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The Navy also established institutions to particularly cater for women wishing to enter the service. It recruited women into the Navy Women's Reserve, which was known as
Women Accepted for Volunteer Emergency Service (WAVES), in 1942. More than 80,000 such women served the military in occupations relating to communications, intelligence, supply, medicine and administration. The Marine Corps Women's Reserve was created in 1943. Women in this establishment held jobs such as clerks, cooks, mechanics, and drivers. An increasing number of women served in these positions, among others in nursing and the Coast Guard -- there were more than 400,000 American military women serving both in the United States and overseas during the Second World War. Although many of these women served close to combat stations, the work of the majority involved non-combat duties.
After the World Wars
The Korean War
When the Korean Conflict broke out in 1950, President Harry S. Truman ordered the country's air and naval forces to the Republic of Korea. This included members of the WAC, whose officers were involuntarily recalled to active duty. These women served in direct support in hospitals, communicators, supply specialists, record keepers and administrators. In Europe, WACS served as cryptographers, supply, intelligence, and communication specialists, as well as hospital technicians. Clearly the type of work that women were recognized for expanded to more technical areas. Still, the duties of these women were predominantly in the non-combat capacity. The Korean Women's Army Corps was formed in 1950, beginning with a group of policewomen under the leadership of former WAC Alice A Parish (Women in Military Service for American Memorial Foundation, Inc.).
In increasing recognition of the role of women in the military, the Army initiated the establishment of a permanent training center for the Women's Army Corps on Fort McClellan. The center was built and opened in 1956. It includes a headquarters with supporting personnel, a basic training battalion, and a WAC School for training in typing stenography, and clerical work.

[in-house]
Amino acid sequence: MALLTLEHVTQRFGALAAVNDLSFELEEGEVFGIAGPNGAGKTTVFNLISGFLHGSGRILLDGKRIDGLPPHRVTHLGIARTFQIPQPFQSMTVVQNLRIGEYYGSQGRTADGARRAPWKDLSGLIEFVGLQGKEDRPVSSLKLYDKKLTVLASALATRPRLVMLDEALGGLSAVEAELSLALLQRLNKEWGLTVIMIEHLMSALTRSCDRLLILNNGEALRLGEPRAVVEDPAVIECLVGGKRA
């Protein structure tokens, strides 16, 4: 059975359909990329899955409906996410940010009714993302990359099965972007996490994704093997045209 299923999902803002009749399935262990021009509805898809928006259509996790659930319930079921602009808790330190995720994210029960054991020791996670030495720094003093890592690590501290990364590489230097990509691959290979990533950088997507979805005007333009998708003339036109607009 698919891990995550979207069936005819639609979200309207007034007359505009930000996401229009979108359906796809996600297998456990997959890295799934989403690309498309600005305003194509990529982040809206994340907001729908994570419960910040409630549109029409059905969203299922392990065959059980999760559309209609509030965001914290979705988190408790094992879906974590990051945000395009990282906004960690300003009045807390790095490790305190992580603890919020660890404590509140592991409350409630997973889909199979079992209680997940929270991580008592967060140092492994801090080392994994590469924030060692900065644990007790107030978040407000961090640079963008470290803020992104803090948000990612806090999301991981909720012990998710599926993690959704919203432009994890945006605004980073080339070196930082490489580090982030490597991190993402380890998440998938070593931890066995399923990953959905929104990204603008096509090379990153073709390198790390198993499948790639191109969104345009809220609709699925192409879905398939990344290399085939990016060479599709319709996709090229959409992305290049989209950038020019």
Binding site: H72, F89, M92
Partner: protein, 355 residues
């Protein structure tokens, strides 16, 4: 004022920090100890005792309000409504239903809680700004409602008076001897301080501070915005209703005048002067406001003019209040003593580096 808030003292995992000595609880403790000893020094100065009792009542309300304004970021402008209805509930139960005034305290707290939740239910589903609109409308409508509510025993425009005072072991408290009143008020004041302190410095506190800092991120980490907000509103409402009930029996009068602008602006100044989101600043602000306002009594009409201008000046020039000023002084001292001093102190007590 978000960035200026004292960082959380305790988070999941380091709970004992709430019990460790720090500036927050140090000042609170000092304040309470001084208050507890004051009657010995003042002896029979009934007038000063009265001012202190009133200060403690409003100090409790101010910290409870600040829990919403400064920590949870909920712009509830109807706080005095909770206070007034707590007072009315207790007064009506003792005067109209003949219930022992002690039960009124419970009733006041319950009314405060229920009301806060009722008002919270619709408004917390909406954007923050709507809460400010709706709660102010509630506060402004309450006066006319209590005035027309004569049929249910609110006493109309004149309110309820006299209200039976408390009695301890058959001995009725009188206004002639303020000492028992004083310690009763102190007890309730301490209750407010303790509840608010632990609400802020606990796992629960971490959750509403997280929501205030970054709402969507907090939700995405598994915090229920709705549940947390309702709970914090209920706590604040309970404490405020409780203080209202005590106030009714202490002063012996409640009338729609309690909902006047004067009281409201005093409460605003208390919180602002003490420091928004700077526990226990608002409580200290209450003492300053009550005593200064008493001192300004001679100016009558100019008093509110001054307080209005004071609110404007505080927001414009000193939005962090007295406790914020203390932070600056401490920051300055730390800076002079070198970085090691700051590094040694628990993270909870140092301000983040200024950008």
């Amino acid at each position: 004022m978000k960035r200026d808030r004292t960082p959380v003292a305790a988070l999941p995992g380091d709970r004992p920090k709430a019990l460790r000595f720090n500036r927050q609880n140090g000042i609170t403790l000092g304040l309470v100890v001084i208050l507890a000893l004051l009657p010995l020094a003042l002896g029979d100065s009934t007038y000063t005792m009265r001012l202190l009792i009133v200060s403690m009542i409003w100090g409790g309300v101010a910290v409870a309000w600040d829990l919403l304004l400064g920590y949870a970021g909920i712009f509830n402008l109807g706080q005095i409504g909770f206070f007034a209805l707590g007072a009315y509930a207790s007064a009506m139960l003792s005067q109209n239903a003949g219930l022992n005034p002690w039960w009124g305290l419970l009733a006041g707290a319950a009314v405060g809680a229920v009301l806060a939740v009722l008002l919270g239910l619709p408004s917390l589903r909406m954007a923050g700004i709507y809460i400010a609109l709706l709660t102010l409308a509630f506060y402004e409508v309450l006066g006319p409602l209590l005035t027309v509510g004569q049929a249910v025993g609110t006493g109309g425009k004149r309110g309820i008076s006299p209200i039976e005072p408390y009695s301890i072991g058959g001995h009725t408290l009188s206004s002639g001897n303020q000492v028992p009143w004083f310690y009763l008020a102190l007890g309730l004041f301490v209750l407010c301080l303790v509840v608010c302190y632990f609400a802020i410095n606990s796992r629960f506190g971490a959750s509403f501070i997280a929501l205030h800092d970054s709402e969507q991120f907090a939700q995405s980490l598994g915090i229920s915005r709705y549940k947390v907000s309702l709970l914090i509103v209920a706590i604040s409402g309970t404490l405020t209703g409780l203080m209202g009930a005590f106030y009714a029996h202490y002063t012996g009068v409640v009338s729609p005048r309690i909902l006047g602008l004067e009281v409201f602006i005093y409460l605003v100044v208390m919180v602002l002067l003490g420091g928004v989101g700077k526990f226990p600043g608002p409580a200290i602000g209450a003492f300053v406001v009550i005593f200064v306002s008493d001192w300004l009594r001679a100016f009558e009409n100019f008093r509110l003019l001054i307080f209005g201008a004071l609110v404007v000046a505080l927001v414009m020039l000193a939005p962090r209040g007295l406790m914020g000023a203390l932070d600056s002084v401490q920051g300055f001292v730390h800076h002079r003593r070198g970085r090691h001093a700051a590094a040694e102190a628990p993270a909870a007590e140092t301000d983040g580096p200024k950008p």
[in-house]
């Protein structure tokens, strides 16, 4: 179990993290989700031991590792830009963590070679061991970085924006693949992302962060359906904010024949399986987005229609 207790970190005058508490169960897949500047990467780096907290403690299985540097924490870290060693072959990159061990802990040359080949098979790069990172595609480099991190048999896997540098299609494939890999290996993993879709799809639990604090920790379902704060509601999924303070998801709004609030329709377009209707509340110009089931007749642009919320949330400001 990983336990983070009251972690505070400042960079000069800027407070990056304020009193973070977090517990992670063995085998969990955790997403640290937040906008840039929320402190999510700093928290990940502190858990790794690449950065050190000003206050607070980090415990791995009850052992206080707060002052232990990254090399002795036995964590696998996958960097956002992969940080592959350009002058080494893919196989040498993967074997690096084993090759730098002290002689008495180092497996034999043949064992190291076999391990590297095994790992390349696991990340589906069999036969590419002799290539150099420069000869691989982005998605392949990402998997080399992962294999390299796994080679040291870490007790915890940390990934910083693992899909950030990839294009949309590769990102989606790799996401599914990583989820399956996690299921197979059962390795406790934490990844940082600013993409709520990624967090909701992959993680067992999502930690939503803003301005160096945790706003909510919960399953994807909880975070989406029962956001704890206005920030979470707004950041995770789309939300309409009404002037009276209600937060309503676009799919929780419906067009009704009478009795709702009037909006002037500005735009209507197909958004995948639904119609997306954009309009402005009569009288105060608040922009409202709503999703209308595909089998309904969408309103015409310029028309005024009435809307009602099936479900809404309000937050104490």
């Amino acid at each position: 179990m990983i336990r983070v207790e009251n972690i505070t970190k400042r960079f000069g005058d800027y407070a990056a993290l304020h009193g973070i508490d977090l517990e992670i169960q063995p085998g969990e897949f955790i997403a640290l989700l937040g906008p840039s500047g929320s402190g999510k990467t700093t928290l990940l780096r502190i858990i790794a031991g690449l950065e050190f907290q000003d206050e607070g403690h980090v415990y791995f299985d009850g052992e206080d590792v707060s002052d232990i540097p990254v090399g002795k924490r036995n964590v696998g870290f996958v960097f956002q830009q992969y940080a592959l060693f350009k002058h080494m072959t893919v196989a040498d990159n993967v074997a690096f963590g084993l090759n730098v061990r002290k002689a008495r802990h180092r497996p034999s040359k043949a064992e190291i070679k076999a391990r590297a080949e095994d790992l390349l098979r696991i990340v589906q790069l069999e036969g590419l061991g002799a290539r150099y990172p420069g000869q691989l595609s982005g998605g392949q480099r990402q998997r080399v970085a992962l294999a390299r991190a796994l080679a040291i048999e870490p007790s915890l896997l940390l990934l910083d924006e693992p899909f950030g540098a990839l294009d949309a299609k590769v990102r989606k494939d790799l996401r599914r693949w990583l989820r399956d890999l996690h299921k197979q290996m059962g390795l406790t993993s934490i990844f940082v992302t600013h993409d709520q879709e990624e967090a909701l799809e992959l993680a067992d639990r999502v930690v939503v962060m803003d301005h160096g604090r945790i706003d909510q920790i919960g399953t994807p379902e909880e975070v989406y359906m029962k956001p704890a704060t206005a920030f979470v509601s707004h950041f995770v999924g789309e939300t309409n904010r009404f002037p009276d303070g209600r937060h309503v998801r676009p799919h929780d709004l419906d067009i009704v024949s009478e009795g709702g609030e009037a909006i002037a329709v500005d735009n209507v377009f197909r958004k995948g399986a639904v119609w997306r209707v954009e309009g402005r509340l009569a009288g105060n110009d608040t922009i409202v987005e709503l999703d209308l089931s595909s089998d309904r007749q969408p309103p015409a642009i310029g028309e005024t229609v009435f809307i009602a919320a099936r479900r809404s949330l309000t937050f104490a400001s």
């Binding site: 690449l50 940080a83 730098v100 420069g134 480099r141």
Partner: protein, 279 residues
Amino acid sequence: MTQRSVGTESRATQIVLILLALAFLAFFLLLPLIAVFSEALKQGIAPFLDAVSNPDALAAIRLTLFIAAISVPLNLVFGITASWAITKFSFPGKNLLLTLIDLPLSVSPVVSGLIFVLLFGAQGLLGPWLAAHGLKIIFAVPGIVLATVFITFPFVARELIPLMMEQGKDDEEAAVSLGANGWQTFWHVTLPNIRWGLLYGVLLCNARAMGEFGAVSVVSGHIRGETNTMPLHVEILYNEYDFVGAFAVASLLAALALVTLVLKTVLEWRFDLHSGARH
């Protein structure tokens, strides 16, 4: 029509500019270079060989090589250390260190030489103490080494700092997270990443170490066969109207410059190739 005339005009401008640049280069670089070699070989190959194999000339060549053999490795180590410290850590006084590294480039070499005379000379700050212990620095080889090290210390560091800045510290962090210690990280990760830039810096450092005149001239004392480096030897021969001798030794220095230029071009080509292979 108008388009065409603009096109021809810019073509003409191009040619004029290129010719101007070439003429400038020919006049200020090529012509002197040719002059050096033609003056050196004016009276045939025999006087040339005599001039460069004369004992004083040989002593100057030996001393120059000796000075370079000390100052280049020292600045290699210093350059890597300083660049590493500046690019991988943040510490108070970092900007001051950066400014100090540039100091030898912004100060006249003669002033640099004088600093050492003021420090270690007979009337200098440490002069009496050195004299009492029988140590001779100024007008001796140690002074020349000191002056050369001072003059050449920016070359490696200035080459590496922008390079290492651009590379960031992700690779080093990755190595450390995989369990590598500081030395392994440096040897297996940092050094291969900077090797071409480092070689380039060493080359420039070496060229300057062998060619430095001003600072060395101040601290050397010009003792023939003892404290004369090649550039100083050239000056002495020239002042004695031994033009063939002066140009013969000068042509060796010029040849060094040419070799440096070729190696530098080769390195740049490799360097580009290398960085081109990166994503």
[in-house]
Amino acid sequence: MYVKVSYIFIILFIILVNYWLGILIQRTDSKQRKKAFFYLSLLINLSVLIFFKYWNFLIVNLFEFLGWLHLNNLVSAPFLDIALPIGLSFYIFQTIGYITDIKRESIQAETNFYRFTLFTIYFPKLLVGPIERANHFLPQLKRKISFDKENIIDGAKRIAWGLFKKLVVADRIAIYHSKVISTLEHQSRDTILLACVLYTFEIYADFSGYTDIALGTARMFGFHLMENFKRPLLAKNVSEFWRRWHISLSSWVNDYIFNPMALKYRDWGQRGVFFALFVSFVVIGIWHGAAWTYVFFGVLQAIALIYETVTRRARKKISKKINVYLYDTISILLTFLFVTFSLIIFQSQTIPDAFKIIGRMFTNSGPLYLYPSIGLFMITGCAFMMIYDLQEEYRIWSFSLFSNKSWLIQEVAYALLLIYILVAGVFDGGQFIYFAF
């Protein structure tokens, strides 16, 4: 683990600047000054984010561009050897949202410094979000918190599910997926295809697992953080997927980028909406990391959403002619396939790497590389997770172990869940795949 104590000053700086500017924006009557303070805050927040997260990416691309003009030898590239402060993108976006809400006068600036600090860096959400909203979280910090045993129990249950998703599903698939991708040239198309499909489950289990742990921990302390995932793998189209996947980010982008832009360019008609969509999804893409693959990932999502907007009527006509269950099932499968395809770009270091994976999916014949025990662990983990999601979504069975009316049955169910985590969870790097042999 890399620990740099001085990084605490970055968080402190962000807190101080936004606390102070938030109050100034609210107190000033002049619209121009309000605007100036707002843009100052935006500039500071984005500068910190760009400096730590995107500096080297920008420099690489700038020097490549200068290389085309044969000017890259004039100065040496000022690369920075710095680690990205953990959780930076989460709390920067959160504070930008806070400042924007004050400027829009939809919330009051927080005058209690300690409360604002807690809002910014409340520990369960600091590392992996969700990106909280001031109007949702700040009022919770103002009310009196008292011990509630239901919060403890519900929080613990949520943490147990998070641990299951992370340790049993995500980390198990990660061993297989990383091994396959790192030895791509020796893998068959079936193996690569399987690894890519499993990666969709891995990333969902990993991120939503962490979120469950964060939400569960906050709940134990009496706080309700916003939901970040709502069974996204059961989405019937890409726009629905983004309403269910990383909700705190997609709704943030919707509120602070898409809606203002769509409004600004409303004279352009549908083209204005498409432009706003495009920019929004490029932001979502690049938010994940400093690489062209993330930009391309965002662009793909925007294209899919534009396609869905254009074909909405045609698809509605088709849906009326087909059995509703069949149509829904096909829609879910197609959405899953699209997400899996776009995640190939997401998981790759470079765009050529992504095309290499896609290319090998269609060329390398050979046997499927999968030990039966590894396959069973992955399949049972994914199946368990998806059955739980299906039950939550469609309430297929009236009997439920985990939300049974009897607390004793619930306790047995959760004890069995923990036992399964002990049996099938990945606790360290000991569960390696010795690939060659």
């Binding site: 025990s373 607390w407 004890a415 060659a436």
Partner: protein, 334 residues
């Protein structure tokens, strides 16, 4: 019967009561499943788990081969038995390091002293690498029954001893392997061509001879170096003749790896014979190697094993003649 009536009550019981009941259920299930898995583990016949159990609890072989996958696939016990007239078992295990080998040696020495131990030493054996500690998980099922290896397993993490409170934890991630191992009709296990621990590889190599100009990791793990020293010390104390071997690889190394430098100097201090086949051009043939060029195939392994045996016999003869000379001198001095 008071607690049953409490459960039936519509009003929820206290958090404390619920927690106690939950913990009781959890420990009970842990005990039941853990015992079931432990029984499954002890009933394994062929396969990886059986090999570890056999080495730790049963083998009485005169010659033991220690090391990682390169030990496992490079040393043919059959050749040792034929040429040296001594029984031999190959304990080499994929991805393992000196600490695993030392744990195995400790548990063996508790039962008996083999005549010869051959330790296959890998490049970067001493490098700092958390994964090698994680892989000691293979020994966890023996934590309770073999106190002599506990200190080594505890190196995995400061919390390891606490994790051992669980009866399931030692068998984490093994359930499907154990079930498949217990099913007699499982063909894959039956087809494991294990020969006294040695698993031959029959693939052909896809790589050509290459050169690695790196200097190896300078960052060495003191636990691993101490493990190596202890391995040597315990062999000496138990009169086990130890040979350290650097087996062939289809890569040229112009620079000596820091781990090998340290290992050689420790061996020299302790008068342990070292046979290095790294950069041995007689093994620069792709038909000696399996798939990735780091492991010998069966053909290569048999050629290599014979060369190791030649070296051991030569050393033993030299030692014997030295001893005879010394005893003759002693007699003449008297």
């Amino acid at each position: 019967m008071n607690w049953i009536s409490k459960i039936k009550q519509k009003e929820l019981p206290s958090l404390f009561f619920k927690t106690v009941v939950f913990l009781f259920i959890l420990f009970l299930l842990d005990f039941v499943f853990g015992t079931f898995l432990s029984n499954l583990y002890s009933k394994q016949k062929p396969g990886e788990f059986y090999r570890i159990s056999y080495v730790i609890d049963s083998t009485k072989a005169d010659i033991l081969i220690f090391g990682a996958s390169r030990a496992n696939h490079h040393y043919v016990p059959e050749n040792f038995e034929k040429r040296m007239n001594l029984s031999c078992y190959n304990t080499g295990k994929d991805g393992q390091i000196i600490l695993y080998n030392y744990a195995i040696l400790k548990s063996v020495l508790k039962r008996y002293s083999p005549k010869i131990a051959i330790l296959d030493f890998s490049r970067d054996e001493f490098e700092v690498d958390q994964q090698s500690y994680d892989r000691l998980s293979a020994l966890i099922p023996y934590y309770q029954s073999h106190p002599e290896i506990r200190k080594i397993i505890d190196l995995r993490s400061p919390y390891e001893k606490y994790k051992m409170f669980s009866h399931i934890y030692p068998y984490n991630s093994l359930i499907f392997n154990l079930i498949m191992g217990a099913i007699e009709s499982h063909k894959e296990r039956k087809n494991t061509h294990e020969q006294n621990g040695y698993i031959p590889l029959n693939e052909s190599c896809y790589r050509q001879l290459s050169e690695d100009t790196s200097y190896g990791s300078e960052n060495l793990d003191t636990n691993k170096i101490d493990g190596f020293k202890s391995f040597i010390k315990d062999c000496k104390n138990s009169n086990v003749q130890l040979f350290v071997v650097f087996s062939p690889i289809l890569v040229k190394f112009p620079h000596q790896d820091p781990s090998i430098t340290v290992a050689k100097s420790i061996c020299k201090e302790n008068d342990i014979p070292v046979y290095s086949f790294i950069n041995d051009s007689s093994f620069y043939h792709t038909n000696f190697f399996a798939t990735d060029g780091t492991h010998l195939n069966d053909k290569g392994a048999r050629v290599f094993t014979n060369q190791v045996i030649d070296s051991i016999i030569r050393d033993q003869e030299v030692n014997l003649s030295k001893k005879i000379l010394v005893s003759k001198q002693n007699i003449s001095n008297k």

The center also served as a basis for the further evolution of women's roles in the military. An Officer Candidate School for example trained women to serve as officers, while a WAC Officer Basic Course was implemented for women with college degrees. The first foreign women officers entered the WAC Officer Basic Class on August 1, 1956. The first commander to work at the center was LTC Eleanor C. Sullivan, who also held a position as Commandant at the WAC School. In addition, increased military pay and reenlistment bonuses were awarded to leadership positions occupied by women at this establishment.
A step towards greater equity for military men and women was marked by the approval of women's green winder service uniforms and a two-piece green cord uniform for the summer.. The first of these uniforms were issued during 1959 and 1960.
WAC officers were assigned to Vietnam for the first time in 1962, while WAC support personnel were only sent to the country in 1965. Clerical, secretarial and administrative work was common for these women. During 1966, a WAC detachment was assigned to USARV Headquarters, where they lived in difficult conditions. During the preparation of their barracks at Long Binh, for example, they lived in a building with openings between outer wallboards and no windows. They were intermittently covered with red dust or soaked with rain, depending on the humidity of the season. Although not involved in direct combat, WACs were frequently the victims of minor injuries while fleeing incoming artillery fire (Women in the U.S. Army).
In recognition of an increasing sense of gender equality in the military, as well as the reality of the evolution of women's role in the profession, President Lyndon B. Johnson signed Public Law 90-130 on 8 November 1967, which effectively removed promotion restrictions on women officers in the Armed Forces (Women in the U.S. Army). This meant that more than one woman in each service could hold the rank of colonel and women could achieve general officer rank.
In 1970, Colonel Elizabeth P. Hoisington became the first to be promoted to brigadier general. Several other promotions followed, and opened the way for women to occupy increasingly powerful and important positions in the military. Other changes during the Vietnam era included the first promotion to Command Sergeant Major for SGM Yzetta L. Nelson, which is the highest enlisted rank. In 1971 Army regulations were modified to allow WAC members who were married and pregnant to request waivers for retention on active duty. In February 1972 enlisted women were allowed to take part in Drill Sergeant Courses at Fort Jackson, S.C.